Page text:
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August 29, 2012

Do Gender and Ethnicity Affect Depression Treatment Response?

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Jacques P. Barber, PhD

Adelphi University, Garden City, New York

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Although widely practiced, psychodynamic psychotherapy has not often been tested. Colleagues and I conducted the first randomized, placebo-controlled efficacy trial of supportive-expressive therapy (SET, a manualized form of short-term dynamic therapy) versus contemporary antidepressant therapy (an SSRI, followed by an SNRI if patients did not respond after 8 weeks).

Patients with depression (N=156) were randomized to 16 weeks of SET, SSRI/SNRI, or placebo conditions. Of the sample, 41% were male, 52% were self-designated as minority, and 76% had incomes of $30,000 per year or less.

All treatments showed evidence of improvement over time on the Hamilton Rating Scale for Depression; rate and magnitude of change were similar. Even among the more severely depressed patients, no significant differences emerged between treatments.

Because we randomized a large number of minorities and men, we decided during the study to examine the role of these factors. We found a significant interaction between minority status and gender on outcome, indicating that minority men improved more rapidly with SET compared to both SSRI/SNRI and placebo. For white men, placebo led to greater improvement than either of the active treatments. For minority women, no differences among treatments emerged. For white women, our expectations were supported, in that SSRI/SNRI and SET were both more effective than placebo. Income and education did not alter the findings, suggesting that those aspects of socioeconomic status did not influence our results.

Thus, it seems that for inner-city, low-income depressed patients, our treatments were not very effective. Nevertheless, differences did emerge in regard to the impact of minority status and gender on treatment outcome. Our results await replication; perhaps other researchers can conduct similar analyses on their trial data. What have your clinical experiences been?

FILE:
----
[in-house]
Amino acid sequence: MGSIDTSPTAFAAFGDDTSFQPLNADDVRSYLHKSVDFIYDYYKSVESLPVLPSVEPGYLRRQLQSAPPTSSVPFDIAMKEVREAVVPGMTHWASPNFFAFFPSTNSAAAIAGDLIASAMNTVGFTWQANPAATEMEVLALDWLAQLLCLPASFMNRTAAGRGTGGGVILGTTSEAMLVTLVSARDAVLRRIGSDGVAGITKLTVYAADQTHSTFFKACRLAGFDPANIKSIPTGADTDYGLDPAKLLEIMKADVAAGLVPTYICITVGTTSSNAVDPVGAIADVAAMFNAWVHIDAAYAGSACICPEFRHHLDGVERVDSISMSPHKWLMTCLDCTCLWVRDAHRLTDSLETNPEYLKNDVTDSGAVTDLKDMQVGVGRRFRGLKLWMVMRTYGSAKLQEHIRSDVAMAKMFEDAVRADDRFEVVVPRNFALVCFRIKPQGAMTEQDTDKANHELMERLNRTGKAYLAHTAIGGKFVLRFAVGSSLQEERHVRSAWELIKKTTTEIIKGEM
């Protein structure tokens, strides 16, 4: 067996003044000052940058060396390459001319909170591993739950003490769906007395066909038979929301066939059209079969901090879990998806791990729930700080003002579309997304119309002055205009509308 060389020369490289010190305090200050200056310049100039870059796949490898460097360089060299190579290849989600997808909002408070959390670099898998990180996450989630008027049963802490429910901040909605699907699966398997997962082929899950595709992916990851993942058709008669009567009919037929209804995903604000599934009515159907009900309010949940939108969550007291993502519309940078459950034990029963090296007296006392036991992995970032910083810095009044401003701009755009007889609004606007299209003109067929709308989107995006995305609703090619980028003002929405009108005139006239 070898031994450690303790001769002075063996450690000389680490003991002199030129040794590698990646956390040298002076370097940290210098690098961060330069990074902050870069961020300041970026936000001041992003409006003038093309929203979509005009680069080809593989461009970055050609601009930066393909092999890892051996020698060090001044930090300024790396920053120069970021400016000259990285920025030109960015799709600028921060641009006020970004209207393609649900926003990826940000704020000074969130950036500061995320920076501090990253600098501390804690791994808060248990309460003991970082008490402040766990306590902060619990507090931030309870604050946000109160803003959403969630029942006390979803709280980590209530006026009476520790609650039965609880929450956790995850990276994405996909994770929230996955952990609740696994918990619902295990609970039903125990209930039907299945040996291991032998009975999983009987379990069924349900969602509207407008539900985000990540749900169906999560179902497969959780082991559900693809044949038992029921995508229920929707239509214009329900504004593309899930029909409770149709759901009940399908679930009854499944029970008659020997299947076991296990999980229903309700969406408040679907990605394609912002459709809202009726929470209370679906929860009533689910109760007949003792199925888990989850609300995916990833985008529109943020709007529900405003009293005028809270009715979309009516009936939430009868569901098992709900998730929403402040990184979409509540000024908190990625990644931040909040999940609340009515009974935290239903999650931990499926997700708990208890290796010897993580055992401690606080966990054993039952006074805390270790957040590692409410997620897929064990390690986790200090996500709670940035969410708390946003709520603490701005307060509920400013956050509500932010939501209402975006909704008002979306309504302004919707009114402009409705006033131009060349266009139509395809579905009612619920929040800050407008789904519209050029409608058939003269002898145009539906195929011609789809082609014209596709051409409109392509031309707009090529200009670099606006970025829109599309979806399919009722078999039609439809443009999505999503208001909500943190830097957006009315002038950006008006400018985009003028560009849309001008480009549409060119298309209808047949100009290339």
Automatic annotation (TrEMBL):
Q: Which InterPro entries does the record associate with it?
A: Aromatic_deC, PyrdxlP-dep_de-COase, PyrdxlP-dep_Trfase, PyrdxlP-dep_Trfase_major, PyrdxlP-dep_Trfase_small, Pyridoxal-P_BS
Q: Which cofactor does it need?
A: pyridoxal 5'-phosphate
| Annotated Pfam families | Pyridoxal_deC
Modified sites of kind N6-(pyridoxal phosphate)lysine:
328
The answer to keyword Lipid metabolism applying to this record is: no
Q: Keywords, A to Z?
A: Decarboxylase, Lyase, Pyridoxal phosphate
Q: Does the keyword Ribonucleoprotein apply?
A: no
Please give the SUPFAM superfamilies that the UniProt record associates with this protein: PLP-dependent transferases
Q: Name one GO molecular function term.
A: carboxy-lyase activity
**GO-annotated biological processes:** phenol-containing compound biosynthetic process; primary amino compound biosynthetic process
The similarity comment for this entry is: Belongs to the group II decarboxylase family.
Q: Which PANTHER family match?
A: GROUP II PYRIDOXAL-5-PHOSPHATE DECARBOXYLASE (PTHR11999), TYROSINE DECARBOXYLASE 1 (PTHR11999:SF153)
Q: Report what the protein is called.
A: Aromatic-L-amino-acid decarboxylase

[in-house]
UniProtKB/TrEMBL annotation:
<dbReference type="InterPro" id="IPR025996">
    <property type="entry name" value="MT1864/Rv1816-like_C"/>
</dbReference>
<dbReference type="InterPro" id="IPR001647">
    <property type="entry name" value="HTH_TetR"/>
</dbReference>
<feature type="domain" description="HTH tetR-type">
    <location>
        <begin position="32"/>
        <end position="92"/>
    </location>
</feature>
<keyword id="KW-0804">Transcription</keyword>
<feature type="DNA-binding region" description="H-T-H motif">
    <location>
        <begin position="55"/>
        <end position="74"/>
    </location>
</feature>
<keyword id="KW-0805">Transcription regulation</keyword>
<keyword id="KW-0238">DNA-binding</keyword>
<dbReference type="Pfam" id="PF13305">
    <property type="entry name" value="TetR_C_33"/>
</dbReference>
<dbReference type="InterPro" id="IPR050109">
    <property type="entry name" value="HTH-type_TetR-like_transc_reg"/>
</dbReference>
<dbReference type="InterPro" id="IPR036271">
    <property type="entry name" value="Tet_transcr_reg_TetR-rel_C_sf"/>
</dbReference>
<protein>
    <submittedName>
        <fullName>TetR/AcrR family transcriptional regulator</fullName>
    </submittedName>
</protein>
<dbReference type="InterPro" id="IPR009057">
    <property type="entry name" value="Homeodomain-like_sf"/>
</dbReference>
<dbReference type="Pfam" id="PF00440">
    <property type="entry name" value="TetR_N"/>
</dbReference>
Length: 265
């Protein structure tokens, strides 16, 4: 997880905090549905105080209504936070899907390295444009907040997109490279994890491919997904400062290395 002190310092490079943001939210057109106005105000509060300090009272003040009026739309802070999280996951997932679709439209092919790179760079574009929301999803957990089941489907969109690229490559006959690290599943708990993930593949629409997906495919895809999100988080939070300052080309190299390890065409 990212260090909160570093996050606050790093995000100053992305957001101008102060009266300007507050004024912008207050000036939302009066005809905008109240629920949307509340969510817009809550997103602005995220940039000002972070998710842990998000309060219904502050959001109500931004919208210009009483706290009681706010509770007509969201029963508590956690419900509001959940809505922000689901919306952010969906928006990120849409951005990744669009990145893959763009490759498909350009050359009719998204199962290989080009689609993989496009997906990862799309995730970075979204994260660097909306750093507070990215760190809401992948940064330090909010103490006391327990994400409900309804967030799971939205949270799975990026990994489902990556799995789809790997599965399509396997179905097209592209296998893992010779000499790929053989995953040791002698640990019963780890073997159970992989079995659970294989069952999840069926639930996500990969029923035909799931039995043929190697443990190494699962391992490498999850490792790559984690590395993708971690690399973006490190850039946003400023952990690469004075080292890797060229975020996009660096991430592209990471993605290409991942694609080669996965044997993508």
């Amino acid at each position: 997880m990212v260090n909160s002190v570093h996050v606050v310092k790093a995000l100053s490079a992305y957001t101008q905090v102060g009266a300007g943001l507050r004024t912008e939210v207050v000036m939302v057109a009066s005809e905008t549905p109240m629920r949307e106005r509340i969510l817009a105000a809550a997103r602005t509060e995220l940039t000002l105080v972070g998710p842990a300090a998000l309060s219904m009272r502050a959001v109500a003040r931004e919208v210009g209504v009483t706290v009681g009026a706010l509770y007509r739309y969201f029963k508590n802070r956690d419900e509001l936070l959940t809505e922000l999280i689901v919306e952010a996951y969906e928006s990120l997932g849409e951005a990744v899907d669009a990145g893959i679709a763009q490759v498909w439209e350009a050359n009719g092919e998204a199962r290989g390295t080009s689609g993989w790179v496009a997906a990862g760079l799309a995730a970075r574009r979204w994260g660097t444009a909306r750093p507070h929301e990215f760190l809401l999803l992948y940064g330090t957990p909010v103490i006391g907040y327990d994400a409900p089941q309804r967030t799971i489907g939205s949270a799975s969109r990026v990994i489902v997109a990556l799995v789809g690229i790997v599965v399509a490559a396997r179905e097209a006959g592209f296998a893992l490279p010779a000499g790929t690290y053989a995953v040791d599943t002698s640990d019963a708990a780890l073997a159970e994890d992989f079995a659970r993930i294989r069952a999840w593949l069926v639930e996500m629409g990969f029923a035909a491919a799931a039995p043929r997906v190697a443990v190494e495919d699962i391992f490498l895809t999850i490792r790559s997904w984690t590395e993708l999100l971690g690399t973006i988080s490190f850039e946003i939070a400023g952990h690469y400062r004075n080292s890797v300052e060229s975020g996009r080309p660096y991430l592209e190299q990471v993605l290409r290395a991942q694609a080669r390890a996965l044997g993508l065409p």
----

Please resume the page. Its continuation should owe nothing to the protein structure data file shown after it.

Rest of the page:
Financial disclosure:Dr Barber has received honoraria for giving grand rounds, receives royalties from Guilford Press and Cambridge University Press, and received research funding from the National Institute of Mental Health and free study medication from Pfizer.​

Category: Depression
Link to this post: https://www.psychiatrist.com/blog/do-gender-and-ethnicity-affect-depression-treatment-response/
Related to "Do Gender and Ethnicity Affect Depression Treatment Response?"

3 thoughts on “Do Gender and Ethnicity Affect Depression Treatment Response?

  1. In Asian countries (Indian subcontinent as well as Middle east, there is probably more expectation of therapist to take leading role and therapy be more directive, supportive and guiding, rather than dynamic insight oriented one.
  2. You will have to change the environment. Prejudice has been linked to depression and rats subjected to bullying by larger rats demonstated signs and symptoms resemblant of human depression.
  3. The study does not make any reference regarding level of competence of therapist, ethnicity of therapist or psychiatrist, whether these patients were seen in community mental health centers, private settings, inpatient settings. Comorbidities, social support for minorities involved in the studies. Overall, this study does not has many caveats and needs to adopt better controlling variables to make it valid.

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